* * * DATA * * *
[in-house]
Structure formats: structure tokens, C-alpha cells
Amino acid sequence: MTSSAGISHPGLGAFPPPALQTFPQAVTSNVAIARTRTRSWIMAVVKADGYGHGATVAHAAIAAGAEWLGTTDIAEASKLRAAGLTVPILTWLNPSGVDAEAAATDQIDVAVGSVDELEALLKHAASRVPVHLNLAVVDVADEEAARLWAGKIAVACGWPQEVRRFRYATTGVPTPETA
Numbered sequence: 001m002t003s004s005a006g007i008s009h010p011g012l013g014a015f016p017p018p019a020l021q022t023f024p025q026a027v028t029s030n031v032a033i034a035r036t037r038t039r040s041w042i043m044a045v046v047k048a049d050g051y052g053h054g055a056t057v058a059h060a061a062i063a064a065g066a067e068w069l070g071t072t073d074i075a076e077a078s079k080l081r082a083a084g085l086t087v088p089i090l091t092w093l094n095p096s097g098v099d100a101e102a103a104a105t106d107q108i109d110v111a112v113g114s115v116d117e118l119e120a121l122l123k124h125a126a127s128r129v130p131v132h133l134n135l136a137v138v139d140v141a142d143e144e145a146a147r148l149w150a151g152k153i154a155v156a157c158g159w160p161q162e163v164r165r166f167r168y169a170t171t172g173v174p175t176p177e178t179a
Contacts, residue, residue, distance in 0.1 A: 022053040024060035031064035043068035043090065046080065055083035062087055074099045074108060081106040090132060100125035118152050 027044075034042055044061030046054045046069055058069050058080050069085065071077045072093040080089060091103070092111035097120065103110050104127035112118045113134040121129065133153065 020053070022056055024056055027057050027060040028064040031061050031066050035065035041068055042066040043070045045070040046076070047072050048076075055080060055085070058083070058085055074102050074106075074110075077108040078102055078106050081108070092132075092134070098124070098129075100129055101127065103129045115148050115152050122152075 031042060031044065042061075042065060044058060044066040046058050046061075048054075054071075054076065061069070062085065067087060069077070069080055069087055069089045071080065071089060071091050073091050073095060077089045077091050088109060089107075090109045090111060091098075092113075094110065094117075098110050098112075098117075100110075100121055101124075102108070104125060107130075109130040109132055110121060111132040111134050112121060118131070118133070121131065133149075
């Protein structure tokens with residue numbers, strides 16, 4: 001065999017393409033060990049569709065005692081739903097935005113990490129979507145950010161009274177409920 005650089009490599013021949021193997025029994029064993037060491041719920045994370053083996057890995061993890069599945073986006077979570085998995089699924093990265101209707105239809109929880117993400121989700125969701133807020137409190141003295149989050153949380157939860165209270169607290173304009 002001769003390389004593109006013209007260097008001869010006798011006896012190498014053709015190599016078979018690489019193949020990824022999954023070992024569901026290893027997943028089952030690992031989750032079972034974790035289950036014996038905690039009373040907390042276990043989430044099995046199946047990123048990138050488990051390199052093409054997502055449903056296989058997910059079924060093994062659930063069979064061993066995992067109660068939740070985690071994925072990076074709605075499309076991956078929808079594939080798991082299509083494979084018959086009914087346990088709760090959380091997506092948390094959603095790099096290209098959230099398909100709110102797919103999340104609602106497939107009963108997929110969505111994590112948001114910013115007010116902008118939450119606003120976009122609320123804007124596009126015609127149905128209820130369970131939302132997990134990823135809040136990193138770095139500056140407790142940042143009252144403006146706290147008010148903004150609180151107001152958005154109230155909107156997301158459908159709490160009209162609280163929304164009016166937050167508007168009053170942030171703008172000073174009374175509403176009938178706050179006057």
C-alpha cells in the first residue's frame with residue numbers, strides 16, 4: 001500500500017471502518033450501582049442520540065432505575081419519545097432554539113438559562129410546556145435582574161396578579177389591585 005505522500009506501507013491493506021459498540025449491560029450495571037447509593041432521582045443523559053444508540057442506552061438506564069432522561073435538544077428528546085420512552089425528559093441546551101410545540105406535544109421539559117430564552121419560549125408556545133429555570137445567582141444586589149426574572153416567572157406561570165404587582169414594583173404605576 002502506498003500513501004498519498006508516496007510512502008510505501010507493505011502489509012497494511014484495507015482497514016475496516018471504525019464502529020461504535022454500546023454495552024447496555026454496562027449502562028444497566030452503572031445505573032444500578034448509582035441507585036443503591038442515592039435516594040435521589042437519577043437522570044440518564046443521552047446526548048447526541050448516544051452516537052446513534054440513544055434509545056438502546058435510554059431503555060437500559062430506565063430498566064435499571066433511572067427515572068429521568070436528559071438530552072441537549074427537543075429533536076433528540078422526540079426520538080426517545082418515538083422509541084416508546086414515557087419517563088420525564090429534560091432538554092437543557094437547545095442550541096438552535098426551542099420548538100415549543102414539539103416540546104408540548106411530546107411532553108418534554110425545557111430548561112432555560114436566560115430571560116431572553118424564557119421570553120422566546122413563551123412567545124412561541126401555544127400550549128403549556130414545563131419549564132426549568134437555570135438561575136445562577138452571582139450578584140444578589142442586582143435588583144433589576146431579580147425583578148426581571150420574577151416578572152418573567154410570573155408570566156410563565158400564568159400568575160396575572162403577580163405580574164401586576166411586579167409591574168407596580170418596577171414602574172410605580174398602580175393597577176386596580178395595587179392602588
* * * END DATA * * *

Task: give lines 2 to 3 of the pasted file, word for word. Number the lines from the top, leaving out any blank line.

Structure formats: structure tokens, C-alpha cells
Amino acid sequence: MTSSAGISHPGLGAFPPPALQTFPQAVTSNVAIARTRTRSWIMAVVKADGYGHGATVAHAAIAAGAEWLGTTDIAEASKLRAAGLTVPILTWLNPSGVDAEAAATDQIDVAVGSVDELEALLKHAASRVPVHLNLAVVDVADEEAARLWAGKIAVACGWPQEVRRFRYATTGVPTPETA